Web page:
France, UK sign deal to stop asylum seekers crossing Channel | Migration News

The new agreement aims to see more police patrols in France in an attempt to stop people trying to cross the English Channel to Britain.

The interior ministers of France and Britain have signed an agreement that will see more police shores in northern France in an attempt to stop people trying to cross the English Channel in small boats – a constant source of friction between the two countries.

French Interior Minister Gérald Darmanin and British Home Secretary Suala Braverman signed the agreement in Paris on Monday.

The British government has agreed to pay France about 72.2 million euros ($75 million) in 2022-2023 – almost 10 million euros ($10.3 million) more than under an existing deal – in exchange for France increasing its defense presence by 40% through access to the sea . points on the beach.

This includes 350 more gendarmes and police officers guarding beaches in Calais and Dunkirk, as well as greater use of drones and night vision equipment to help officers spot crossings.

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The agreement contains proposals to combat crime across migration routes, with the two ministers agreeing that their countries will collect information from asylum seekers they intercept to help tackle smuggling networks.

A specific target for intercepting boats was not included in the agreement.

Jump in patrol numbers

British Prime Minister Rishi Sonk said the deal would mean “a 40 percent increase in the number of patrols taking place, and for the first time, British officials have joined French operations to strengthen the coordination and effectiveness of our operations.”

According to him, the agreement will be “a basis for even greater cooperation in the coming months.”

Britain accepts fewer asylum seekers than many European countries, including Italy, France and Germany, but thousands of people from around the world travel to northern France every year in the hope of crossing the Channel.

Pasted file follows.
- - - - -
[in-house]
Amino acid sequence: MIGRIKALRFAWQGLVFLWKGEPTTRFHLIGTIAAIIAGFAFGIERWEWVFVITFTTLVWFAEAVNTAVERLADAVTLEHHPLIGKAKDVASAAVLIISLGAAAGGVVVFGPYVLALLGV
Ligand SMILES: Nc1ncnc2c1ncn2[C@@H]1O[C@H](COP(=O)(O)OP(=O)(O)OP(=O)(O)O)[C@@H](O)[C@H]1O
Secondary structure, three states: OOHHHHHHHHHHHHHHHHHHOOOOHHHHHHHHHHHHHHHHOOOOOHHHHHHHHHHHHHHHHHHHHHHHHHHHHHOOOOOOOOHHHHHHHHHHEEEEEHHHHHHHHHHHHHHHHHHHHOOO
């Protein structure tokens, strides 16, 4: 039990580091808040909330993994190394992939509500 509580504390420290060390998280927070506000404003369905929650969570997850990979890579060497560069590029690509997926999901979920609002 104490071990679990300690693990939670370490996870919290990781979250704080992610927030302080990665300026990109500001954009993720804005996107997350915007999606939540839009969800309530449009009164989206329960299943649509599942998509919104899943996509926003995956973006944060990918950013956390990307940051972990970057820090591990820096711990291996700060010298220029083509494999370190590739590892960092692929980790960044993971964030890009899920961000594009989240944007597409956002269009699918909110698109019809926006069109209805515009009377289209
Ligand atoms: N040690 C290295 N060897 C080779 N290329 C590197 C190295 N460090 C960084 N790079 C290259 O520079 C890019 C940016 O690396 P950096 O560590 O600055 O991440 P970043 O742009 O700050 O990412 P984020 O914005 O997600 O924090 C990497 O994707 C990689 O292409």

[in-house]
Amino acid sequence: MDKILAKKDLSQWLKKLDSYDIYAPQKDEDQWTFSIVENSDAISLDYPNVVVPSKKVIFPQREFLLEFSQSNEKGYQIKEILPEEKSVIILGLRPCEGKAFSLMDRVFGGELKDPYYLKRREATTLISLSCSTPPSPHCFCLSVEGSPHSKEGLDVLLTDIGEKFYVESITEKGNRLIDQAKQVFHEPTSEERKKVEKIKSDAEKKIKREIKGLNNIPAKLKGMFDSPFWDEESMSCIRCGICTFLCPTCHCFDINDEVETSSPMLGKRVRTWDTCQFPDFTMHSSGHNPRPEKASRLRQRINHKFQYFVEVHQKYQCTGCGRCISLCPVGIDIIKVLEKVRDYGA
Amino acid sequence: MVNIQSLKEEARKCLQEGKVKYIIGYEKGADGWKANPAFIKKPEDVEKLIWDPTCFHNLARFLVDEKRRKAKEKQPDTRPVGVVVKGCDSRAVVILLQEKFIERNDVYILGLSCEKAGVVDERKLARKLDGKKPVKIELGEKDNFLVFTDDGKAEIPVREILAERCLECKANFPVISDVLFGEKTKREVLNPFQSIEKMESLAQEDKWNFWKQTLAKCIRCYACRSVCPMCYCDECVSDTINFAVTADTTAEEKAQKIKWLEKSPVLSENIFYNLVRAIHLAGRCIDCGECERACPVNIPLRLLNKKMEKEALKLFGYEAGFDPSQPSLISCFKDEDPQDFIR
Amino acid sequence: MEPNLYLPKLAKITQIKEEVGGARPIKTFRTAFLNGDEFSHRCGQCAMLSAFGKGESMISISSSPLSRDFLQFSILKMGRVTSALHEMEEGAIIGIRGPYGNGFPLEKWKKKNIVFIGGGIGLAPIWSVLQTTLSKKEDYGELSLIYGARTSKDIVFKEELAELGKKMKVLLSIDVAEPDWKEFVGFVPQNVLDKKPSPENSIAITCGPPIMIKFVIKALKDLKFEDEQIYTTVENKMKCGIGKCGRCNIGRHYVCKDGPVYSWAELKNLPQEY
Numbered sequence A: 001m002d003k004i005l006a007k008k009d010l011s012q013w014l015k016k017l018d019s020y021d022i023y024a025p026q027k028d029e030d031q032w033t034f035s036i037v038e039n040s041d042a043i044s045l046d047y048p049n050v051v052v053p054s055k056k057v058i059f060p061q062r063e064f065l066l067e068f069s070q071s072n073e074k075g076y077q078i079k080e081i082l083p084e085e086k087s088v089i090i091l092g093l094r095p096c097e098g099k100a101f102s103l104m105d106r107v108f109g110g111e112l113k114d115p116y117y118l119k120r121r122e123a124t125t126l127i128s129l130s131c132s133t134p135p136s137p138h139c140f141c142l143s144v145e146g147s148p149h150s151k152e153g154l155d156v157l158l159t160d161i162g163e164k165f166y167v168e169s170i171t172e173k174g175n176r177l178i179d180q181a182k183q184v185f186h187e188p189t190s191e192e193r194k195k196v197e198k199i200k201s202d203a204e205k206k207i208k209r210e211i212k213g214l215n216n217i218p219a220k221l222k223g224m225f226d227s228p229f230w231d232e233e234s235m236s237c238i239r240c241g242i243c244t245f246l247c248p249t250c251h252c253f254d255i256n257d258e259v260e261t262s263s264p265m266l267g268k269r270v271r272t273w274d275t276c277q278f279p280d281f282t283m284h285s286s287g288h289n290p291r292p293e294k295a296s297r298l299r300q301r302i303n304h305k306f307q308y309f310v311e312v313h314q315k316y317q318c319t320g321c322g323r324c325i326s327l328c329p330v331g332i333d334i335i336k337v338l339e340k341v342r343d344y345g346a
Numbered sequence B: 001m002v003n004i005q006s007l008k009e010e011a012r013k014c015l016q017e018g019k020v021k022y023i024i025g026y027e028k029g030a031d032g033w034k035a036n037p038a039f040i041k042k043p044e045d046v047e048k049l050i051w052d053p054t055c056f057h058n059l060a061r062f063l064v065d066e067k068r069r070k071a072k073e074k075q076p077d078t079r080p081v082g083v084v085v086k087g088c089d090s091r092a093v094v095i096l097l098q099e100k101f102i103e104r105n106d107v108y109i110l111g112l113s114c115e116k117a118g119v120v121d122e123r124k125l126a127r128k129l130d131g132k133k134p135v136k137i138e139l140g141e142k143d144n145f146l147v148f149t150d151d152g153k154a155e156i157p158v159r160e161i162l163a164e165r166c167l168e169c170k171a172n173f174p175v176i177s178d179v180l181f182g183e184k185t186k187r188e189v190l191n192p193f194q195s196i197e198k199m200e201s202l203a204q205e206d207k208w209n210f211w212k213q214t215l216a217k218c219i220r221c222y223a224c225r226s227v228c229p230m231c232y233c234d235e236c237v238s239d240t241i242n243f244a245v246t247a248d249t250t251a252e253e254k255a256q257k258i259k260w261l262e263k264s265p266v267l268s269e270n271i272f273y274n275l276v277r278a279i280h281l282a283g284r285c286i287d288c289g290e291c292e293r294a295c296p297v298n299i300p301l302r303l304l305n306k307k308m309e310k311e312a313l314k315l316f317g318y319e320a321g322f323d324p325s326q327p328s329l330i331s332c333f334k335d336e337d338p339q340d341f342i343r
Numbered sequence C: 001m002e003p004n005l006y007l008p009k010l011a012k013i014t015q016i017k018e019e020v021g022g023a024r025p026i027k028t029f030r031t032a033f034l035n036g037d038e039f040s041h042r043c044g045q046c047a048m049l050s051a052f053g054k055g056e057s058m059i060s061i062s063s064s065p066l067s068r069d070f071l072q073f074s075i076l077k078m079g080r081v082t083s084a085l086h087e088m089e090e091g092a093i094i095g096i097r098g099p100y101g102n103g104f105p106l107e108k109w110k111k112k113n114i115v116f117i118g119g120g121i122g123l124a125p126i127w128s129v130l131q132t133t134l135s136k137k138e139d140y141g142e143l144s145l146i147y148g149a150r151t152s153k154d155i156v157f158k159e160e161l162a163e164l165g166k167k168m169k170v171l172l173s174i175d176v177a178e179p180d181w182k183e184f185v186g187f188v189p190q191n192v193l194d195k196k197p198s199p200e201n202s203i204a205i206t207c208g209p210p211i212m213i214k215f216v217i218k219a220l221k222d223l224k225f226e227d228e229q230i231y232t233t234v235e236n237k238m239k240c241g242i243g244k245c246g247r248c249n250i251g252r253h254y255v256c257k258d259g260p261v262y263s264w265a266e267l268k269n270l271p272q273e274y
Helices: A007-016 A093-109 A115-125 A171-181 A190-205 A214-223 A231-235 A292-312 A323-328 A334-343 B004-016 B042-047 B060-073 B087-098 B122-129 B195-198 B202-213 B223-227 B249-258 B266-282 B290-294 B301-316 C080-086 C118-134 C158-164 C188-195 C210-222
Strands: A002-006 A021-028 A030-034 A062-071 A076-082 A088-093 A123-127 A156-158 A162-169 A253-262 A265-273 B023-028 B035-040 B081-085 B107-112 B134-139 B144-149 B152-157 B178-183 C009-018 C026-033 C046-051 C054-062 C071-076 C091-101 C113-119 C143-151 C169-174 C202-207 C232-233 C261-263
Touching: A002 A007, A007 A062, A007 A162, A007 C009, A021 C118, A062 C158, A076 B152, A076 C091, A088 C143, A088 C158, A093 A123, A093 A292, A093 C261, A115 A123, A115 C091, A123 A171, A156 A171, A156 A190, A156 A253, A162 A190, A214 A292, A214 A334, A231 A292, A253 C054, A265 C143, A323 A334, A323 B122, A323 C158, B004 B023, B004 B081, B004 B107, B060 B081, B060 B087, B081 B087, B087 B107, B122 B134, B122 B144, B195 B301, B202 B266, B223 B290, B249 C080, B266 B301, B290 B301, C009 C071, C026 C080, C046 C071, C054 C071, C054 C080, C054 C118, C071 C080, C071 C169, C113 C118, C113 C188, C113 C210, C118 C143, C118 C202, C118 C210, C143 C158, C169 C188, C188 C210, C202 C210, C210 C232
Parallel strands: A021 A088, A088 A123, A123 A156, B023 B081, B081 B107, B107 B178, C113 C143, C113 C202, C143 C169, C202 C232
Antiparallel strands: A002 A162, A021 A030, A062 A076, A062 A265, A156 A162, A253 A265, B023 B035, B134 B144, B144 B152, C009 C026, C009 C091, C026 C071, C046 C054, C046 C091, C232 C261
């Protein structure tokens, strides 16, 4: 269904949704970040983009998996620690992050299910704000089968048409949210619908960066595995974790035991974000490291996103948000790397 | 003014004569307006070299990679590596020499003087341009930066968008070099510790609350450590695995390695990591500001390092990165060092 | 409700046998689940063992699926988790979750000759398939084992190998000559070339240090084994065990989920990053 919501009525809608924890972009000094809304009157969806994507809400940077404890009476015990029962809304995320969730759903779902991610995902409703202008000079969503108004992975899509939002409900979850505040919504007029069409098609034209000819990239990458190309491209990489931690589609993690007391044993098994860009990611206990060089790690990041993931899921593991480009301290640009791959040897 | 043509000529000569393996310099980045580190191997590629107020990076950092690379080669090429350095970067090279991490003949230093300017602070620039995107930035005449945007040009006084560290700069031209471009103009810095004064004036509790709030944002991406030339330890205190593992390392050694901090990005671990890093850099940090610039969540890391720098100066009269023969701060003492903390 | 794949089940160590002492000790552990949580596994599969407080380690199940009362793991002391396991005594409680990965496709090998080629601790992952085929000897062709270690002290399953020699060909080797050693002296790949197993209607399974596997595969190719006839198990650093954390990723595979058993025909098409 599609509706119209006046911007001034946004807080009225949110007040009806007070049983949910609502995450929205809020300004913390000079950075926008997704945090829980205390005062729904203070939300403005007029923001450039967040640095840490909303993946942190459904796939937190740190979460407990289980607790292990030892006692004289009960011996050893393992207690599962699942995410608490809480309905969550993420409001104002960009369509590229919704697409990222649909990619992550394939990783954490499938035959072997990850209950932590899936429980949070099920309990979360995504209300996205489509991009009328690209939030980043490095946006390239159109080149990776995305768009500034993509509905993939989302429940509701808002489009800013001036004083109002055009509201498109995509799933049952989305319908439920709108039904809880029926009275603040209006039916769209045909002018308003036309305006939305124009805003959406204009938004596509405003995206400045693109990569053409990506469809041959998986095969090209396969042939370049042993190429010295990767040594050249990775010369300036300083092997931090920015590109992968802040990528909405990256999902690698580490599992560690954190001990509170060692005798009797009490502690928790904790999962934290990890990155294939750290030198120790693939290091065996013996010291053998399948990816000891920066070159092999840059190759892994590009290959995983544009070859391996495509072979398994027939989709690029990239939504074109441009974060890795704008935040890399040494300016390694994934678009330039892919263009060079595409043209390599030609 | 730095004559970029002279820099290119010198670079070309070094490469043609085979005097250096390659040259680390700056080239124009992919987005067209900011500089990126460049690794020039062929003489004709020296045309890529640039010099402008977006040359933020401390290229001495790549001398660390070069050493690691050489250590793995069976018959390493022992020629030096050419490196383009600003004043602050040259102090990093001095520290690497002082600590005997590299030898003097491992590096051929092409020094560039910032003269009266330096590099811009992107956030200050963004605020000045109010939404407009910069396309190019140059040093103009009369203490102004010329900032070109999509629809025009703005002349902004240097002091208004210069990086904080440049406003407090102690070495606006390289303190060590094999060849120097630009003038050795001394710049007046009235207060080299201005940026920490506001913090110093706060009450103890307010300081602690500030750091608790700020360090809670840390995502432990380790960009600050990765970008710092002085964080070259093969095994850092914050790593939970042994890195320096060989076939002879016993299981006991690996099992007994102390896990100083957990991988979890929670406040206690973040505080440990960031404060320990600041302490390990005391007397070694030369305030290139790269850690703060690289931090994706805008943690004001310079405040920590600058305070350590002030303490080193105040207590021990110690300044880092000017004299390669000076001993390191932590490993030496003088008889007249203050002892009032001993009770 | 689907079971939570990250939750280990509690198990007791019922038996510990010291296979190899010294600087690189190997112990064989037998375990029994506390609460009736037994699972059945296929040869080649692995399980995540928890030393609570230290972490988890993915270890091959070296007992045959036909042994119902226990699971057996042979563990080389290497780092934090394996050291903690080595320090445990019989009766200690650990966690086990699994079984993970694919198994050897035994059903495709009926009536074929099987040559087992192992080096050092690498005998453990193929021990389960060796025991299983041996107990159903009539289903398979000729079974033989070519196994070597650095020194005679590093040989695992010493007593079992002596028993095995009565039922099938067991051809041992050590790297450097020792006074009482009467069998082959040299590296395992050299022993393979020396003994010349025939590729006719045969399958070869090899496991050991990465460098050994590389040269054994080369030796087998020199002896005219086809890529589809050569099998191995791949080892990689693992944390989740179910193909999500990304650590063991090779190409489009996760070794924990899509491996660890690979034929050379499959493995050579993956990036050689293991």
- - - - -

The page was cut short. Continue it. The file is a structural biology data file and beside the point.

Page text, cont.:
Some want to come to the UK because they have friends or family there, others because they speak English or because they think they will be able to find a job there.

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In recent years, there has been a sharp increase in the number of people trying to cross the channel in boats and other small vessels, with the authorities holding back in other ways, such as storing them in buses.

A dangerous journey

More than 40,000 people have made the perilous journey across one of the world’s busiest shipping lanes so far this year, up from 28,000 in all of 2021 and 8,500 in 2020.

Dozens have died over the years, including 27 people in November 2021 when a loaded smuggling boat capsized.

Britain and France have long debated how to stop the gangs of people smugglers who organize the journeys.

In an attempt to discourage crossings, the British government has announced a controversial plan to send people arriving in small boats on a one-way journey to Rwanda – a plan it says will deter people from crossing the Channel and break the business model of gang-smuggling.

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Critics claim that the program is immoral and impractical, and is being challenged in the courts.

Critics have also criticized the British government for failing to process asylum applications quickly and for leaving thousands of people stuck in overcrowded detention centers and temporary accommodation.

A comprehensive approach is needed

Enver Solomon, chief executive of the UK Refugee Council charity, said enforcement measures would do little to stop desperate people attempting the dangerous crossings.

“The government must take a more comprehensive approach and create an orderly, fair and humane asylum system that recognizes that the vast majority of those who embark on dangerous journeys are refugees fleeing for their lives,” he said.

“It has to deal with the fact that this is a global issue that will not be solved by enforcement measures alone.”


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